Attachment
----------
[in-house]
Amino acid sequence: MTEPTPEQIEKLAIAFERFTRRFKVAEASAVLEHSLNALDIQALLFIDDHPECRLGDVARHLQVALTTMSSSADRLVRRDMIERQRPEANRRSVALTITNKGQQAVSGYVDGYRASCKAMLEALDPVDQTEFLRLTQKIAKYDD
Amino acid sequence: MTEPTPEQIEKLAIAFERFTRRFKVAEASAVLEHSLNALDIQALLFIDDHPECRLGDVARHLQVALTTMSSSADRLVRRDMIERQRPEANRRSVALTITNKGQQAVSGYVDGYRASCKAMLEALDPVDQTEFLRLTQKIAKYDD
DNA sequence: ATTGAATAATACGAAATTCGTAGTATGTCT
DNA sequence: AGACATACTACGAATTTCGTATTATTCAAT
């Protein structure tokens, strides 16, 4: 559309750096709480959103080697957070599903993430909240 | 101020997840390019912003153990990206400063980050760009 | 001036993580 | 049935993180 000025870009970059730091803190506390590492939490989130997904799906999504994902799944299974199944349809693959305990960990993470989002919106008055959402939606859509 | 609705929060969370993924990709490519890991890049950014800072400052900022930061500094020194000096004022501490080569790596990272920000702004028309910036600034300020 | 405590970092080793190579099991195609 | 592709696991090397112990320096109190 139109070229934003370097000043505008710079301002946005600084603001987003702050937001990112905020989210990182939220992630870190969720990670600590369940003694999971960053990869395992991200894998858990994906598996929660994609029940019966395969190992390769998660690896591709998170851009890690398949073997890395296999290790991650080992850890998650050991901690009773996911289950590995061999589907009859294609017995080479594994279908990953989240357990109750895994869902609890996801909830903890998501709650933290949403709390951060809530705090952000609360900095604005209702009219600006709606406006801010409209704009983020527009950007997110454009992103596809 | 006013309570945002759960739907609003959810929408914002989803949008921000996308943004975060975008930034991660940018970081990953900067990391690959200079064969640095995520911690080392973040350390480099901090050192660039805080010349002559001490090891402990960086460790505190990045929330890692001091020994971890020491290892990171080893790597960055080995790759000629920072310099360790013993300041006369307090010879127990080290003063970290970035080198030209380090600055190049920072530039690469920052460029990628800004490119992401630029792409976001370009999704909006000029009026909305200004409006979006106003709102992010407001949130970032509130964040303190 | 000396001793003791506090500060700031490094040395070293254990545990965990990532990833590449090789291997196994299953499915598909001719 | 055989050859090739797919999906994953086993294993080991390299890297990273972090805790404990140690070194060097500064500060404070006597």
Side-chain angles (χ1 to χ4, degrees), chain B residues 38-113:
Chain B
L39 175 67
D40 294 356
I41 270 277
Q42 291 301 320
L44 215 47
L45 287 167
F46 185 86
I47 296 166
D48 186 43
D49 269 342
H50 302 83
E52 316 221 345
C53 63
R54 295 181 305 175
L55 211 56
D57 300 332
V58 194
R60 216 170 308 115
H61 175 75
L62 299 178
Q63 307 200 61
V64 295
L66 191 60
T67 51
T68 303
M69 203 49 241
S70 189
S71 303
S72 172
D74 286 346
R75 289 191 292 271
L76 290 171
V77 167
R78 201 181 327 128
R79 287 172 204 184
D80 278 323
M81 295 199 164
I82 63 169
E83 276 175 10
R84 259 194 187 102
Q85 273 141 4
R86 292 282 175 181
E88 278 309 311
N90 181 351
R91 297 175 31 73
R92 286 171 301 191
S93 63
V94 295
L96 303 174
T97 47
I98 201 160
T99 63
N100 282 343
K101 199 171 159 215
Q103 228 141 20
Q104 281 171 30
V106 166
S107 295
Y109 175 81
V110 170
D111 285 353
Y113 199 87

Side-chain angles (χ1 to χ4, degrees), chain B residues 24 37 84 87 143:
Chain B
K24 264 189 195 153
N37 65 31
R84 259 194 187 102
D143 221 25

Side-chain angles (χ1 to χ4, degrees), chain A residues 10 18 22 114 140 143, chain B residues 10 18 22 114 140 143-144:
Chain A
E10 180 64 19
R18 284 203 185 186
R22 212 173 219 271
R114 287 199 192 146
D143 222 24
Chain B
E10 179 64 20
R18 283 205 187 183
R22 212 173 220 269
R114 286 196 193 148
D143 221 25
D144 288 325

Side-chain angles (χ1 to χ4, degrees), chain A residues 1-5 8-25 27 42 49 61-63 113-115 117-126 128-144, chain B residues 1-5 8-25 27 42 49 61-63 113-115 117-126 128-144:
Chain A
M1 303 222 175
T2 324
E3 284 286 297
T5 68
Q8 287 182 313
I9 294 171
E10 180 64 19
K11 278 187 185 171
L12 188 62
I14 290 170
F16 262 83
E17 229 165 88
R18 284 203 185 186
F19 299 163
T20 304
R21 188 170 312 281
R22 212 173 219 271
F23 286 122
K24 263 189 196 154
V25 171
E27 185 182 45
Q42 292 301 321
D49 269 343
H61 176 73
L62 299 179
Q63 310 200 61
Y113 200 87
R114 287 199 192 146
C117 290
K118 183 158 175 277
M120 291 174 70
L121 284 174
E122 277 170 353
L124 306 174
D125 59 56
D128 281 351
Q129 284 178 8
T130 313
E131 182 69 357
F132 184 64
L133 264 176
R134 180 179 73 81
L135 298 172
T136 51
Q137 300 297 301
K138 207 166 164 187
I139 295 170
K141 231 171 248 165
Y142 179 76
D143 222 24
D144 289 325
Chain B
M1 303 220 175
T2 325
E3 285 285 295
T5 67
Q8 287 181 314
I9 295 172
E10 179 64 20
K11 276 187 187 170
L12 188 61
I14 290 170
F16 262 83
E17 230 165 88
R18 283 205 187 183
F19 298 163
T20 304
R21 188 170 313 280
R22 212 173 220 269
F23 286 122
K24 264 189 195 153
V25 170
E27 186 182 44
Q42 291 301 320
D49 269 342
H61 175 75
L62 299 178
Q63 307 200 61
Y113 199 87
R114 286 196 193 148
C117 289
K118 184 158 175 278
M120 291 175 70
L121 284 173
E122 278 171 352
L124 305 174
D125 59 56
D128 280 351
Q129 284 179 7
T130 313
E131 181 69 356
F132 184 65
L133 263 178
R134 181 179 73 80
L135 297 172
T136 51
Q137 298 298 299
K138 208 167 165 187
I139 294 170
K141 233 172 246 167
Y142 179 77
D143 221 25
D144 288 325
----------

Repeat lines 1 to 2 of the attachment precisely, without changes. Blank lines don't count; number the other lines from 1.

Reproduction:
[in-house]
Amino acid sequence: MTEPTPEQIEKLAIAFERFTRRFKVAEASAVLEHSLNALDIQALLFIDDHPECRLGDVARHLQVALTTMSSSADRLVRRDMIERQRPEANRRSVALTITNKGQQAVSGYVDGYRASCKAMLEALDPVDQTEFLRLTQKIAKYDD